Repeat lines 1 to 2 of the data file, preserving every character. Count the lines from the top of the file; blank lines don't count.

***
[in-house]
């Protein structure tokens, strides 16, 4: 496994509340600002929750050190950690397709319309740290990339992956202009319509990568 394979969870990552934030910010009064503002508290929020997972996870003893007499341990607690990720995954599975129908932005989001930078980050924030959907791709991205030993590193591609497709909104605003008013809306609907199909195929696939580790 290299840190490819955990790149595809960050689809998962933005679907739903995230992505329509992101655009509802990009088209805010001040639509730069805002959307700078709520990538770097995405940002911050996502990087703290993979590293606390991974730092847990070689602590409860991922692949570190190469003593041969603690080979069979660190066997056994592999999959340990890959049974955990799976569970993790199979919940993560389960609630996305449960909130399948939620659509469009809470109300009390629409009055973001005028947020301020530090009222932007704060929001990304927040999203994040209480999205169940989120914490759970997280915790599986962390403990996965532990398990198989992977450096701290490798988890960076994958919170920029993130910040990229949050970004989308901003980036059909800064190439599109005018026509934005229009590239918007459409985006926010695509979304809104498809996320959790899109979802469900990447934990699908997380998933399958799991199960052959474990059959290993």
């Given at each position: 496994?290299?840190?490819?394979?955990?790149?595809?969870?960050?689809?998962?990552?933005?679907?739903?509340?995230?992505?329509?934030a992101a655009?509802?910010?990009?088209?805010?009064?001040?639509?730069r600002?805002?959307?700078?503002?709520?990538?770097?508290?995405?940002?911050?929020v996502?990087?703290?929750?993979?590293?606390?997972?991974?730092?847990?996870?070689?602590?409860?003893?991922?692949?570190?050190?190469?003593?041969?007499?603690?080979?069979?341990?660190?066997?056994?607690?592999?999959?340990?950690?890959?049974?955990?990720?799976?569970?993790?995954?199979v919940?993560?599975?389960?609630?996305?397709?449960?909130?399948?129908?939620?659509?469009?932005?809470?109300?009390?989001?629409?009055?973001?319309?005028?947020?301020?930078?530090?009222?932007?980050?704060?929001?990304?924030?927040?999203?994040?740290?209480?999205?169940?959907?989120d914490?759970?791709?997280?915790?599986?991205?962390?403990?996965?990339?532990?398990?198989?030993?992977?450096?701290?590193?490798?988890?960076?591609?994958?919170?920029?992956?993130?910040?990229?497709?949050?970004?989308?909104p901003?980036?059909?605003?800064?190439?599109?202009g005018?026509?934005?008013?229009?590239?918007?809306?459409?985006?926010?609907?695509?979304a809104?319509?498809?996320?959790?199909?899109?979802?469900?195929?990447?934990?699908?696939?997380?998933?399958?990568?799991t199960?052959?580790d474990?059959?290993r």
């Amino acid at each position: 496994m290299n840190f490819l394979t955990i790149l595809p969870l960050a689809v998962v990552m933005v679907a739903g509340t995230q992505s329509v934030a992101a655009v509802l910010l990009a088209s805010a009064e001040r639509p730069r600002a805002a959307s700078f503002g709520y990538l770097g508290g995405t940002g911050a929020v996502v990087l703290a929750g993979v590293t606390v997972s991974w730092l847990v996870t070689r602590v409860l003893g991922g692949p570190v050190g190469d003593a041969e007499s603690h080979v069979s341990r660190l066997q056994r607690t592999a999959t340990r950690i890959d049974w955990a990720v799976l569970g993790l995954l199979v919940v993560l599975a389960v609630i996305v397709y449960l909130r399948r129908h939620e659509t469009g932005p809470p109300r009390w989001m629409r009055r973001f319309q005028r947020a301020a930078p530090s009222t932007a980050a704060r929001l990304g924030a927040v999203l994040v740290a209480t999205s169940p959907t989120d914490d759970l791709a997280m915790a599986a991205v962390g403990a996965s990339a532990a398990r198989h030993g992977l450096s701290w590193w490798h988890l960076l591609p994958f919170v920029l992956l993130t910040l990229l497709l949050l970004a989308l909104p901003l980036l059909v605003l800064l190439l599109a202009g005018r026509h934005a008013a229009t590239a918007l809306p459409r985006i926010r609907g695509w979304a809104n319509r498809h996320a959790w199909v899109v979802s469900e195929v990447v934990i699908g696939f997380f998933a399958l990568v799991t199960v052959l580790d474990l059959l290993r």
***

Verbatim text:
[in-house]
């Protein structure tokens, strides 16, 4: 496994509340600002929750050190950690397709319309740290990339992956202009319509990568 394979969870990552934030910010009064503002508290929020997972996870003893007499341990607690990720995954599975129908932005989001930078980050924030959907791709991205030993590193591609497709909104605003008013809306609907199909195929696939580790 290299840190490819955990790149595809960050689809998962933005679907739903995230992505329509992101655009509802990009088209805010001040639509730069805002959307700078709520990538770097995405940002911050996502990087703290993979590293606390991974730092847990070689602590409860991922692949570190190469003593041969603690080979069979660190066997056994592999999959340990890959049974955990799976569970993790199979919940993560389960609630996305449960909130399948939620659509469009809470109300009390629409009055973001005028947020301020530090009222932007704060929001990304927040999203994040209480999205169940989120914490759970997280915790599986962390403990996965532990398990198989992977450096701290490798988890960076994958919170920029993130910040990229949050970004989308901003980036059909800064190439599109005018026509934005229009590239918007459409985006926010695509979304809104498809996320959790899109979802469900990447934990699908997380998933399958799991199960052959474990059959290993």